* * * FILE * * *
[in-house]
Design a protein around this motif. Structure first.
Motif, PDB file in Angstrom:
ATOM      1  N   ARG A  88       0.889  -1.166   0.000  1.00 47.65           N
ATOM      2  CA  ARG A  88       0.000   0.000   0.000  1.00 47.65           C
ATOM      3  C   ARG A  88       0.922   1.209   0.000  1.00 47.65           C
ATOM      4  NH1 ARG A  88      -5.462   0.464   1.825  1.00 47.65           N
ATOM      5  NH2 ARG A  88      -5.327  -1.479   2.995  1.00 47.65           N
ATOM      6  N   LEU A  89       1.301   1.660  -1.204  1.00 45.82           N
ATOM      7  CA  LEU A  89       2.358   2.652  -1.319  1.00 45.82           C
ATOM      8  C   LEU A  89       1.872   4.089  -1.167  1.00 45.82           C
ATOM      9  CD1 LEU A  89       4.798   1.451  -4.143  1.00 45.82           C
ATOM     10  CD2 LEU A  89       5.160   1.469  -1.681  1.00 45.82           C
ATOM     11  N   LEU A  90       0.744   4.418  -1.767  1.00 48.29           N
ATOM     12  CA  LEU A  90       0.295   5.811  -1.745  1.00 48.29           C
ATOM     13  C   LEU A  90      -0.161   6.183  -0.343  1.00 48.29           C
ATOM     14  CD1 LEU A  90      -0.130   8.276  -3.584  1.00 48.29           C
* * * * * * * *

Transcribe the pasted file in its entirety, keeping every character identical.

[in-house]
Design a protein around this motif. Structure first.
Motif, PDB file in Angstrom:
ATOM      1  N   ARG A  88       0.889  -1.166   0.000  1.00 47.65           N
ATOM      2  CA  ARG A  88       0.000   0.000   0.000  1.00 47.65           C
ATOM      3  C   ARG A  88       0.922   1.209   0.000  1.00 47.65           C
ATOM      4  NH1 ARG A  88      -5.462   0.464   1.825  1.00 47.65           N
ATOM      5  NH2 ARG A  88      -5.327  -1.479   2.995  1.00 47.65           N
ATOM      6  N   LEU A  89       1.301   1.660  -1.204  1.00 45.82           N
ATOM      7  CA  LEU A  89       2.358   2.652  -1.319  1.00 45.82           C
ATOM      8  C   LEU A  89       1.872   4.089  -1.167  1.00 45.82           C
ATOM      9  CD1 LEU A  89       4.798   1.451  -4.143  1.00 45.82           C
ATOM     10  CD2 LEU A  89       5.160   1.469  -1.681  1.00 45.82           C
ATOM     11  N   LEU A  90       0.744   4.418  -1.767  1.00 48.29           N
ATOM     12  CA  LEU A  90       0.295   5.811  -1.745  1.00 48.29           C
ATOM     13  C   LEU A  90      -0.161   6.183  -0.343  1.00 48.29           C
ATOM     14  CD1 LEU A  90      -0.130   8.276  -3.584  1.00 48.29           C